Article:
|Publication number||US7040841 B2|
|Application number||US 10/617,986|
|Publication date||May 9, 2006|
|Filing date||Jul 10, 2003|
|Priority date||Jan 30, 2002|
|Also published as||US20040028477, WO2005009842A1|
|Publication number||10617986, 617986, US 7040841 B2, US 7040841B2, US-B2-7040841, US7040841 B2, US7040841B2|
|Inventors||Ron L. Kelm, Janet T. Leawood, Peter A. Lunde|
|Original Assignee||Single Buoy Moorings, Inc.|
|Export Citation||BiBTeX, EndNote, RefMan|
|Patent Citations (15), Referenced by (21), Classifications (10), Legal Events (5)|
|External Links: USPTO, USPTO Assignment, Espacenet|
This is a continuation-in-part of U.S. application Ser. No. 10/348,414 filed Jan. 21, 2003, now abandoned, which claims priority from provisional application No. 60/352,751 filed Jan. 30, 2002.
One type of system for producing hydrocarbons from undersea reservoirs of limited capacity, includes a floating structure such as a vessel anchored by catenary chains to the seafloor, or spread moored, or otherwise moored in a manner that allows limited vessel drift. Hydrocarbons from a seafloor well tapped into the reservoir, flow through conduits of a conduit structure, that extend up to the vessel to fill tanks in the vessel. Fluids such as injected gas may be pumped downward through a conduit back into the reservoir. Additional connections such as electrical and hydraulic connections may extend from the vessel to apparatus at the seafloor. The conduit structures must continue fluid connections between the vessel and seafloor well(s) despite drifting of the vessel within a limited drift zone. The conduits should not hit the mooring chains or the seafloor, since this can cause wear of a conduit.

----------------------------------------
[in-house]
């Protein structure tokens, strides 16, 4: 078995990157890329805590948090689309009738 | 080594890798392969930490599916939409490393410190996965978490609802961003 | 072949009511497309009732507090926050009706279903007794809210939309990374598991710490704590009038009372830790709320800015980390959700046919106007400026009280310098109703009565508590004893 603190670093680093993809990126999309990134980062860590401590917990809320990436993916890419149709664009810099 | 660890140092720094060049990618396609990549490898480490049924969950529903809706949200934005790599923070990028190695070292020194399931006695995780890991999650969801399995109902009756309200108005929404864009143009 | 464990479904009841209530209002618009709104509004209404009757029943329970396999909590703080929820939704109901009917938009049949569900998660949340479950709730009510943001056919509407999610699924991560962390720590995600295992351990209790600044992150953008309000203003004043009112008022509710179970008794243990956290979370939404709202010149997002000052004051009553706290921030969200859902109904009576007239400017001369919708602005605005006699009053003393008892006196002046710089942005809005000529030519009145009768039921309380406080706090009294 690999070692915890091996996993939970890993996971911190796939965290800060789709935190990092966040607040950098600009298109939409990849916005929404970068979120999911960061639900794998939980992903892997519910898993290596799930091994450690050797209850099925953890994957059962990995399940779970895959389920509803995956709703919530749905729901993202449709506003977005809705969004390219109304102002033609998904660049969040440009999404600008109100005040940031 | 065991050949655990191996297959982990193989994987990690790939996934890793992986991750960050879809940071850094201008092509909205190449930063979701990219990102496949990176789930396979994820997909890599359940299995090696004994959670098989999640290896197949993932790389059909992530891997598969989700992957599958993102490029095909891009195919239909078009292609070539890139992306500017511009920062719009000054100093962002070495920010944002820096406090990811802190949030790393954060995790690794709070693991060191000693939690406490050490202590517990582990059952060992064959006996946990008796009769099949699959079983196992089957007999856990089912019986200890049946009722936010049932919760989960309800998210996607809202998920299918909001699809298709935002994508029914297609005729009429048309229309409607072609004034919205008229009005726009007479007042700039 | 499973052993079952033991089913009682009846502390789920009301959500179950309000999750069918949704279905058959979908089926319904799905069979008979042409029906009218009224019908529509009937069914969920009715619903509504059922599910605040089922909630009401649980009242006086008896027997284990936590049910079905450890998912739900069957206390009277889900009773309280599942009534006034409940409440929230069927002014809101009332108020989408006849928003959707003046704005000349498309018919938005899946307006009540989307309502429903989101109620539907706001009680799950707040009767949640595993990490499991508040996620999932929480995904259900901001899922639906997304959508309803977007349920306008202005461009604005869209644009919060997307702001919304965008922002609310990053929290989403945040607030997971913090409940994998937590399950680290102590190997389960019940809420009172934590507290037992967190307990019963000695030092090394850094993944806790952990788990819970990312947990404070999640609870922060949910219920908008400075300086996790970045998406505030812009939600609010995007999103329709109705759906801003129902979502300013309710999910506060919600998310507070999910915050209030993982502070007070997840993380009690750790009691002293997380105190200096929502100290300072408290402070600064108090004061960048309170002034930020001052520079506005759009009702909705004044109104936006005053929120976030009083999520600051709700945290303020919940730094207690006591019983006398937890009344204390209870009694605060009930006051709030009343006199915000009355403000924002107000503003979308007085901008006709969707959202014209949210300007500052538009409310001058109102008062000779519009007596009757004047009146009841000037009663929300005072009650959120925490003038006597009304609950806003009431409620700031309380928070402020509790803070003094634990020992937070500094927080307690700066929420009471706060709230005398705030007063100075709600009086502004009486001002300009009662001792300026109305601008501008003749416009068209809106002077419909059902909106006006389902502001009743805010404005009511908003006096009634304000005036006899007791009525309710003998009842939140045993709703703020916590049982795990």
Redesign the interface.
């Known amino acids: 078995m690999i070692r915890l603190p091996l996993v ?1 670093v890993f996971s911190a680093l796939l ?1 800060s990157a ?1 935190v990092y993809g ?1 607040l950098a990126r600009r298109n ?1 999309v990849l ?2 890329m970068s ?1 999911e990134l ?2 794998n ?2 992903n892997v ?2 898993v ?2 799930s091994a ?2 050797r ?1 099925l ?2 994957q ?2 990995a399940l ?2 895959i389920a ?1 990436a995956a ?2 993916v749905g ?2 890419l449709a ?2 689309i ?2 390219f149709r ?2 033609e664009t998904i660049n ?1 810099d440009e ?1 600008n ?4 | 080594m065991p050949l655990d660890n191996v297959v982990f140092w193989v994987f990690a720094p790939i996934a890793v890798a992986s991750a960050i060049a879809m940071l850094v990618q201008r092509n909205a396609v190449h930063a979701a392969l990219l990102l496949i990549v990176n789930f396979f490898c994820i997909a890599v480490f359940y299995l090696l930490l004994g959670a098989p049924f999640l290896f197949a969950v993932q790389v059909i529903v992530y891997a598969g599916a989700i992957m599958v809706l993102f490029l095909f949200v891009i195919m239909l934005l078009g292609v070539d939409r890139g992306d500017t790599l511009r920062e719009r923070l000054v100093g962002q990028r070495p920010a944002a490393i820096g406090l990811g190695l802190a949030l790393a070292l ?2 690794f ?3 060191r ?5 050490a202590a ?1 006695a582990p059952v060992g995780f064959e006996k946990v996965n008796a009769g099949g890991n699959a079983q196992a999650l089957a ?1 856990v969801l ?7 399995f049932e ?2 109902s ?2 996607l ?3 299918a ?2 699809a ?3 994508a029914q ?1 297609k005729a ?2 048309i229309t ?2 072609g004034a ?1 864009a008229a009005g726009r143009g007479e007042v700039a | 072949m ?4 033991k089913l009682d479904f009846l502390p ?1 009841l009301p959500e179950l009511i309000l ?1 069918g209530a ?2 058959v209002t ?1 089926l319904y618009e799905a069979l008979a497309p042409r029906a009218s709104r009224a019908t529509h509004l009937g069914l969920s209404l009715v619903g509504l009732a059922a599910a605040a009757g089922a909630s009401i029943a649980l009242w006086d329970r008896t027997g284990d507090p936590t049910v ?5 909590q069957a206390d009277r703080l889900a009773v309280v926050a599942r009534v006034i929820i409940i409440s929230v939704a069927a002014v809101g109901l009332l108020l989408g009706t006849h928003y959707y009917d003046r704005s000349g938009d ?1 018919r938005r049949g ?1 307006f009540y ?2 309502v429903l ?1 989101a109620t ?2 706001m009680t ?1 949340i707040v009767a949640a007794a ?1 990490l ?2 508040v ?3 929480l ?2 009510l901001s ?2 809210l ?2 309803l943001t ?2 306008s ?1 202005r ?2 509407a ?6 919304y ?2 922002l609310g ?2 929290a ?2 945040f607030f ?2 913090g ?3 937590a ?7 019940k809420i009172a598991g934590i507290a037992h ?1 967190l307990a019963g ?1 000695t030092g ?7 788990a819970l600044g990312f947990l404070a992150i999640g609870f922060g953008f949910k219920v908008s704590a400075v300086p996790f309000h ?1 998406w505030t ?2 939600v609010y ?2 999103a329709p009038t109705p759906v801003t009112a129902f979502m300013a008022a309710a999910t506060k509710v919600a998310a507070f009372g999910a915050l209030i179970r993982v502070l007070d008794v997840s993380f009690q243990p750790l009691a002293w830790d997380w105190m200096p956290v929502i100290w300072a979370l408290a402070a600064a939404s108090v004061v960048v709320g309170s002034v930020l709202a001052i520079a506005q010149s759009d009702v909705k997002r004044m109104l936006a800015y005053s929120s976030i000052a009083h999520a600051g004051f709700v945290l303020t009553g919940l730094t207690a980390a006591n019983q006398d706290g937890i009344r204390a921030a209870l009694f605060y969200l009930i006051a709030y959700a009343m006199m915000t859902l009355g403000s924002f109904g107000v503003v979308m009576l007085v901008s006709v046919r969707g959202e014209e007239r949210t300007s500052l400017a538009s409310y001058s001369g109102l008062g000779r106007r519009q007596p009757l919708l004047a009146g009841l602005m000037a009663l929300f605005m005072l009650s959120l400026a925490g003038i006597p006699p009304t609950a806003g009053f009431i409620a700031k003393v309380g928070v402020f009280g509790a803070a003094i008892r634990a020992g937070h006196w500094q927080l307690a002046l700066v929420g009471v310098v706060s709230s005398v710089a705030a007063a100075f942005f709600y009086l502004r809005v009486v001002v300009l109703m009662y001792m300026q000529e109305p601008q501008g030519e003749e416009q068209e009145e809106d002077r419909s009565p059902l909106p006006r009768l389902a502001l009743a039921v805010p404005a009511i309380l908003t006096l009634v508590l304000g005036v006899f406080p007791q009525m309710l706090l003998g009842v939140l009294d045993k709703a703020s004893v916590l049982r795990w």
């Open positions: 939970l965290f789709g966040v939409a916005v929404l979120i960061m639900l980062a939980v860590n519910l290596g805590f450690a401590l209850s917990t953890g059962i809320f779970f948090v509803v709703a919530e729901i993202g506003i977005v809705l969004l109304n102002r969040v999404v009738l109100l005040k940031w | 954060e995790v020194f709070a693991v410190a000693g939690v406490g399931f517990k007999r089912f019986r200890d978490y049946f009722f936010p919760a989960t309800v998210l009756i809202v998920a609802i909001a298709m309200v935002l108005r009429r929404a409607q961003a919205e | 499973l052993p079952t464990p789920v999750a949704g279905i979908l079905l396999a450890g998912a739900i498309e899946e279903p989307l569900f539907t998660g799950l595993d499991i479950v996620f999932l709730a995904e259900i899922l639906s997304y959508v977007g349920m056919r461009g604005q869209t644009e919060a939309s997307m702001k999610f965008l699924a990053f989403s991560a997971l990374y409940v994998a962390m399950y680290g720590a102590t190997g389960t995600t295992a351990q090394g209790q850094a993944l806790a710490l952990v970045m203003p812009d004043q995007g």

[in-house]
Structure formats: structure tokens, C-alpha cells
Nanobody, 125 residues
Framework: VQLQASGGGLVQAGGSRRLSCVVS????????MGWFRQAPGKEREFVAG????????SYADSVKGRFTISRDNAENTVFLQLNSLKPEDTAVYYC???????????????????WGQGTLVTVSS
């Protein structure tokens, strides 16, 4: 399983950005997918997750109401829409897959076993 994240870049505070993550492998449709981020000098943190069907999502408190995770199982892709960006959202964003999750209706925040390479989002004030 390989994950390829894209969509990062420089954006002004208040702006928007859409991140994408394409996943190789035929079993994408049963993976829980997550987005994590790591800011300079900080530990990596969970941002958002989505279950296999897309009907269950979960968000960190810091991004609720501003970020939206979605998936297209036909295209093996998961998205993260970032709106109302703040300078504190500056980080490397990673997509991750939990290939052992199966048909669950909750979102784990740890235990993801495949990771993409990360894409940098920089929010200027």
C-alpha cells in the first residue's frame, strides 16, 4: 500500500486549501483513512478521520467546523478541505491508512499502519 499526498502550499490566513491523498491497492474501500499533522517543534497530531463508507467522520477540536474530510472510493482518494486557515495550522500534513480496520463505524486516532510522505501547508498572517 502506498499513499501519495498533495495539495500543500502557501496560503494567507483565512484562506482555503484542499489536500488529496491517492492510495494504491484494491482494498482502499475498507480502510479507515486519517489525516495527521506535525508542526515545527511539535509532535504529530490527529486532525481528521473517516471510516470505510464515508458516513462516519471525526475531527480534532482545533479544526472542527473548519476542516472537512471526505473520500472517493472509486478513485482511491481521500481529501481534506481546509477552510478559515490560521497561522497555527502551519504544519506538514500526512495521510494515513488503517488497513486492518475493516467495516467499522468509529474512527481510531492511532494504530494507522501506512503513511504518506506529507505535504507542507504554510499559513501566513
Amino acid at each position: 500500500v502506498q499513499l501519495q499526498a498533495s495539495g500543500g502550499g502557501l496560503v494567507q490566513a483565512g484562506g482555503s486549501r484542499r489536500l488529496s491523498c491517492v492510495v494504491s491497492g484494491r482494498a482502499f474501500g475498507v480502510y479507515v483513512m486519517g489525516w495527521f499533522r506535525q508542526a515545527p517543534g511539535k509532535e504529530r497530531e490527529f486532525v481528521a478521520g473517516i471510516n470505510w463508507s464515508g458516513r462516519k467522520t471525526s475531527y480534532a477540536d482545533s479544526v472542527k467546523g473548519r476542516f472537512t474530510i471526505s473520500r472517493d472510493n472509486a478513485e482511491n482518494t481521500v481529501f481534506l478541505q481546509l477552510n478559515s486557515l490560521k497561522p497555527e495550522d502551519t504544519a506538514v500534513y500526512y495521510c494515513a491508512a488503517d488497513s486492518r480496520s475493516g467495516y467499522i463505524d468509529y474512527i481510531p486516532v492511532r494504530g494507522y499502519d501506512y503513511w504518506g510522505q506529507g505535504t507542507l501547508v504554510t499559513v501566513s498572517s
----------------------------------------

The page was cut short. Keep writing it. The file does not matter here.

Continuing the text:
One prior art conduit structure includes a first flexible hose that extends almost vertically up from the seafloor to an underwater buoy, and a second flexible hose that extends in a double catenary curve from the buoy to the vessel. In moderate to deep water (e.g. about 100 meters or more) the buoy lies high above the seafloor and the double catenary second hose provides a connection during vessel drift. However, a considerable length of hose is required, and flexible hose is expensive and not as reliable as a fixed pipe. In shallow water, any underwater buoy must lie close to the seafloor, resulting in appreciable cost for the buoy, for a heavy seafloor weight to moor the buoy, and for hose connections of a short first hose. In addition, a buoy at shallow depths moves sideward in heavy waves, in directions that may be counter to vessel movement, and the moveable parts limit the reliability of a buoy-based conduit system in shallow water. A fluid transfer system for transferring fluids between a seafloor structure and a floating structure in shallow water, which was of minimal cost while providing reliable connections during vessel drift, without a conduit beating against an anchor chain or the seafloor, would be of value.